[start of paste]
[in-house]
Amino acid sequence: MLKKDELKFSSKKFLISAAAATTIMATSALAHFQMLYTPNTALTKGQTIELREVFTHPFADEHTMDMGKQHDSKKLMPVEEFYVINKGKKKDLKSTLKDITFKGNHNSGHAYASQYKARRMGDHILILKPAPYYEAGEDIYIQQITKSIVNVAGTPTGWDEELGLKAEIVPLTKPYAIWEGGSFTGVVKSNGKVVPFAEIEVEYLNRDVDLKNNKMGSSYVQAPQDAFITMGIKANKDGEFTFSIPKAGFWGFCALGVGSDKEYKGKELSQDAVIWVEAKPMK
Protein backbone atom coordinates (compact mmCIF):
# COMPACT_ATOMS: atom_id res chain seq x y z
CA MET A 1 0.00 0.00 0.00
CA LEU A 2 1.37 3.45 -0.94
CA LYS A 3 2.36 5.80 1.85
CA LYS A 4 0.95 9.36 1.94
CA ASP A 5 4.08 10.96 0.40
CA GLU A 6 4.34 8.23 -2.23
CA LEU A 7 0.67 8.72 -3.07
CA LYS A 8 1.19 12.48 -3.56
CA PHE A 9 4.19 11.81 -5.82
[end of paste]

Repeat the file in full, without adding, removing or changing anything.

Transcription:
[in-house]
Amino acid sequence: MLKKDELKFSSKKFLISAAAATTIMATSALAHFQMLYTPNTALTKGQTIELREVFTHPFADEHTMDMGKQHDSKKLMPVEEFYVINKGKKKDLKSTLKDITFKGNHNSGHAYASQYKARRMGDHILILKPAPYYEAGEDIYIQQITKSIVNVAGTPTGWDEELGLKAEIVPLTKPYAIWEGGSFTGVVKSNGKVVPFAEIEVEYLNRDVDLKNNKMGSSYVQAPQDAFITMGIKANKDGEFTFSIPKAGFWGFCALGVGSDKEYKGKELSQDAVIWVEAKPMK
Protein backbone atom coordinates (compact mmCIF):
# COMPACT_ATOMS: atom_id res chain seq x y z
CA MET A 1 0.00 0.00 0.00
CA LEU A 2 1.37 3.45 -0.94
CA LYS A 3 2.36 5.80 1.85
CA LYS A 4 0.95 9.36 1.94
CA ASP A 5 4.08 10.96 0.40
CA GLU A 6 4.34 8.23 -2.23
CA LEU A 7 0.67 8.72 -3.07
CA LYS A 8 1.19 12.48 -3.56
CA PHE A 9 4.19 11.81 -5.82